Last night my family and I returned from a wonderful Passover Seder at the home of close friends. Ten children, six of them teenagers, participated in the Seder.
Last week, my friend, David, who hosted the Seder, and I got together to discuss preparations for the reading of the Haggadah, and we agreed that it would be both relevant and educational to prepare some questions for the teens that relate Passover to contemporary issues.
We emailed the children in advance and asked them to think about these questions before the Seder:
Passover celebrates the end of Jewish slavery in Egypt; can you think of an example of slavery that exists in the world today?
The seder is filled with rituals (cups of wine, parsley, breaking matzoh); are these rituals relevant in your life today?
During the seder, we remember the ten plagues that fell upon the Egyptians; do we face any plagues in our life today?
What does Hillel mean when he says: “Do not unto others what you would hate them to do unto you. That is the whole Torah.”
We leave the door open for Elijah as a sign that nobody is shut off from his fellow man; what else can you do tomorrow to demonstrate the same thing?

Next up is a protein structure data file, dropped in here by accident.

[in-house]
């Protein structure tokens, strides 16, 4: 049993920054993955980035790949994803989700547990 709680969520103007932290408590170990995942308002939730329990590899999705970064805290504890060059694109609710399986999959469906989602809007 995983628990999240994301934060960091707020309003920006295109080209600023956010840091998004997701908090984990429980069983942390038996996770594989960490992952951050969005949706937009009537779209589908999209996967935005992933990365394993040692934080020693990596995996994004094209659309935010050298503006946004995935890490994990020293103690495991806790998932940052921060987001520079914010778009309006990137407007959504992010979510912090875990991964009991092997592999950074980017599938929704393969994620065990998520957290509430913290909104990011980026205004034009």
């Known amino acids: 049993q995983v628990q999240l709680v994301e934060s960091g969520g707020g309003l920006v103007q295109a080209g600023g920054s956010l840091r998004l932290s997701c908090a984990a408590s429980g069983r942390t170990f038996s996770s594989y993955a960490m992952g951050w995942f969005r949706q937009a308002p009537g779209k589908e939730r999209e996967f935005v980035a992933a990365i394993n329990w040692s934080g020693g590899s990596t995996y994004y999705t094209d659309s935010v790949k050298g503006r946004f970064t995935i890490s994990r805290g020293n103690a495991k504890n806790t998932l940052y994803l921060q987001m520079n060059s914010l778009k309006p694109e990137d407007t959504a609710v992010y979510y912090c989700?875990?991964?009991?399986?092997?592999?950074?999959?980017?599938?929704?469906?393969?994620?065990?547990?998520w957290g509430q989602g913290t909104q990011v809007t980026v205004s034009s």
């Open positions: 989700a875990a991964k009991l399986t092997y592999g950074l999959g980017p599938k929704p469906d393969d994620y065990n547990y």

When I returned home I turned on the local news and saw a screen shot of our synagogue, Temple Emanu El, where I served on the board for six years, and listened to a news reporter explain that a blue swastika, the universally recognized symbol of anti-semitism, had been painted on the wall of Temple Emanu El yesterday at 11AM. For news coverage of the incident, please click here.
In a statement Monday, San Francisco Mayor Gavin Newsom said, "San Francisco’s largest Jewish temple was defaced with a symbol of hatred on the eve of Passover. San Francisco is known as a city that embraces people of all faiths. We strongly condemn this act of hatred and intolerance."
It is a hard slap in the face to religious tolerance to see this happen in our local community, and I am very distressed by it. Could this be the thoughtless act of a young person? If so, I wonder what questions are being asked at that family’s dinner table?
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